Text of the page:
NCAA to appeal decision granting former USC assistant Todd McNair new trial in defamation lawsuit
The seven-and-a-half year legal struggle between former USC assistant coach Todd McNair and the NCAA is far from over.
The NCAA filed notice last week that it will appeal Los Angeles County Superior Court Judge Frederick Shaller’s ruling that granted McNair a new trial in his defamation lawsuit and a previous decision that found the organization’s so-called “show-cause” penalty violated state law.
The expected move will return the long-running case to the 2nd District Court of Appeal — which has taken a skeptical view of NCAA positions in past years.
The appellate court has issued strongly worded opinions in previous years barring the NCAA from filing hundreds of pages of internal documents related to McNair and USC under seal, overturning the NCAA’s move to dismiss the case and thwarting the NCAA’s attempt to remove Shaller as judge.
Those detours, however, took almost four years.
This month, Shaller set the stage for an appeal when he overturned the jury’s May verdict that the NCAA didn’t defame McNair in connection with its investigation into the Reggie Bush extra-benefits scandal. The judge cited the jury foreman’s work as an attorney for a law firm that the NCAA retained during one of the earlier appeals as resulting in a “miscarriage of justice” and said the jury didn’t have “any credible basis” for the verdict.
The NCAA’s Committee on Infractions found in June 2010 that McNair engaged in unethical conduct in connection with Bush, an All-American running back, receiving benefits from sports marketers while at USC. The committee issued a one-year “show-cause” penalty to McNair and USC declined to renew his contract. He sued the NCAA a year later, alleging the punishment damaged his chances of landing another high-level coaching job.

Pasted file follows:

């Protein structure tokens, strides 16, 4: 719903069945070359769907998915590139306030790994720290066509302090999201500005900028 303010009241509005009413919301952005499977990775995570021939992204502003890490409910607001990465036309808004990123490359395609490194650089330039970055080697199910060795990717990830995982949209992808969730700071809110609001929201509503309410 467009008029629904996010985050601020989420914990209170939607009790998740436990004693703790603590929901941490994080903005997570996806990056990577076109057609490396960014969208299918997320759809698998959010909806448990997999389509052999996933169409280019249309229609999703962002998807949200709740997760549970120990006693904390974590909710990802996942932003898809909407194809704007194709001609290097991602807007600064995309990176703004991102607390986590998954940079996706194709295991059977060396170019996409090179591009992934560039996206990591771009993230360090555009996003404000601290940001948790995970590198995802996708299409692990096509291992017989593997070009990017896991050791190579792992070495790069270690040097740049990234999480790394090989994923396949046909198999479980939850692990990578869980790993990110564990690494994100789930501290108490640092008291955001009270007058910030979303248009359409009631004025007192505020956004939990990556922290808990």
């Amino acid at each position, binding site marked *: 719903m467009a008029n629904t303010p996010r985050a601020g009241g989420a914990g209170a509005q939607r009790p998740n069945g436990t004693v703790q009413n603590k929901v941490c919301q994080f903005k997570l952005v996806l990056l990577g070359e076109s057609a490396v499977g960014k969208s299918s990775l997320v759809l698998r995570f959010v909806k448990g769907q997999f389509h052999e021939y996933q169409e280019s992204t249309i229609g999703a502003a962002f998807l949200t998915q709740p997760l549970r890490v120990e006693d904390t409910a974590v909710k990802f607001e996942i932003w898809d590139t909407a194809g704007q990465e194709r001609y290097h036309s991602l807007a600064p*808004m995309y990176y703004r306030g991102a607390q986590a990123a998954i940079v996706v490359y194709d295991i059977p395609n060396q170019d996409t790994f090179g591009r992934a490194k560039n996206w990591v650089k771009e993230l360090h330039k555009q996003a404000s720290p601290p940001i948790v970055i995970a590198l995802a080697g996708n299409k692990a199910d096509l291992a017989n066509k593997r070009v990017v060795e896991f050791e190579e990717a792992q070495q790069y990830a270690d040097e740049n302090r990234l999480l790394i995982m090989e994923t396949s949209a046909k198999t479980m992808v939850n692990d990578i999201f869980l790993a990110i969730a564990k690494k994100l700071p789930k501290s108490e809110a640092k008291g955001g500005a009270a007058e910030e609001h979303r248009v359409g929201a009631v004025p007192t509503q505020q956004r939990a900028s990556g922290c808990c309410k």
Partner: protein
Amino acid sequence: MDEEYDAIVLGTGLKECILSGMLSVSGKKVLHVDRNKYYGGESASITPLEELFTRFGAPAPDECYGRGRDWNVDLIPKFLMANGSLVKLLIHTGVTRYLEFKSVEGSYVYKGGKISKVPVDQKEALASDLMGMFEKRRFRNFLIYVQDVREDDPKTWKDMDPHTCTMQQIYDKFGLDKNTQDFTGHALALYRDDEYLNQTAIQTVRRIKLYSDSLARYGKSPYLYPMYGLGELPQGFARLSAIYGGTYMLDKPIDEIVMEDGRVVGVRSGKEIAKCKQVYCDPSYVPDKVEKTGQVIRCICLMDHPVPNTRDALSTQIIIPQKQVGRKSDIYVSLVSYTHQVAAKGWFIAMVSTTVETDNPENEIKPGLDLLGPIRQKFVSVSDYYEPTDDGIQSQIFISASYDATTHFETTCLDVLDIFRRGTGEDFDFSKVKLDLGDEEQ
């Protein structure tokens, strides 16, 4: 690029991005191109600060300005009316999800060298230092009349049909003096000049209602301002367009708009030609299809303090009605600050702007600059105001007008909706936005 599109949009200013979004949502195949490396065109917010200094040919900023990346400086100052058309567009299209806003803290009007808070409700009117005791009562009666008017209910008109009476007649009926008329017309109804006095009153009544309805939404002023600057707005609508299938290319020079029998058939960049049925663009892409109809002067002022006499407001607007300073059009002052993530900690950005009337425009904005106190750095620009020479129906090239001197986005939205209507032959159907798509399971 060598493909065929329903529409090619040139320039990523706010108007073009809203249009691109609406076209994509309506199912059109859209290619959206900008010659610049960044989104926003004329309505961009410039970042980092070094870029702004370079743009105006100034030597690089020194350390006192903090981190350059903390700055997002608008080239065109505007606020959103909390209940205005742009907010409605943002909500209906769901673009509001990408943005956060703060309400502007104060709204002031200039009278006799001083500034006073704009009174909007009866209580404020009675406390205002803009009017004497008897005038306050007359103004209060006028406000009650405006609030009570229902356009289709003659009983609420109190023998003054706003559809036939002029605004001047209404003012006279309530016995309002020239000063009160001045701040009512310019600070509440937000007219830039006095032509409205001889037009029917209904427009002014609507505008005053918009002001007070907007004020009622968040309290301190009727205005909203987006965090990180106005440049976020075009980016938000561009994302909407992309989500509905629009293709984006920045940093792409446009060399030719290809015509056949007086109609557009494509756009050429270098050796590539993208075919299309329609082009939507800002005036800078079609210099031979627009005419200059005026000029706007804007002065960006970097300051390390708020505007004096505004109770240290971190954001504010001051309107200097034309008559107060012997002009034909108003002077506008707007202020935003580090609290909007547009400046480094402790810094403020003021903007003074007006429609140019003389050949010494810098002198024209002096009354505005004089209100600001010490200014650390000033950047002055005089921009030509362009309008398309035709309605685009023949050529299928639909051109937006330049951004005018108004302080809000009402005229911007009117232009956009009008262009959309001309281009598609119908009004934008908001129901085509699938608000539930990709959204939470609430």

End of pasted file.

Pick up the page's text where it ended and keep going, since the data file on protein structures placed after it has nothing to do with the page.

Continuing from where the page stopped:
The Tampa Bay Buccaneers hired McNair, 53, as running backs coach this month. It’s his first college or professional coaching position since USC.
In the one-paragraph filing about the appeal, NCAA attorney Kosta Stojilkovic said the organization believes Shaller’s ruling dissolved the “show-cause” decision. The issue is sensitive as it involves one of the NCAA’s go-to punishments for rules violations and, in a court filing last year, Pac-12 Commissioner Larry Scott warned the matter could threaten the membership of the conference’s California schools in the organization.
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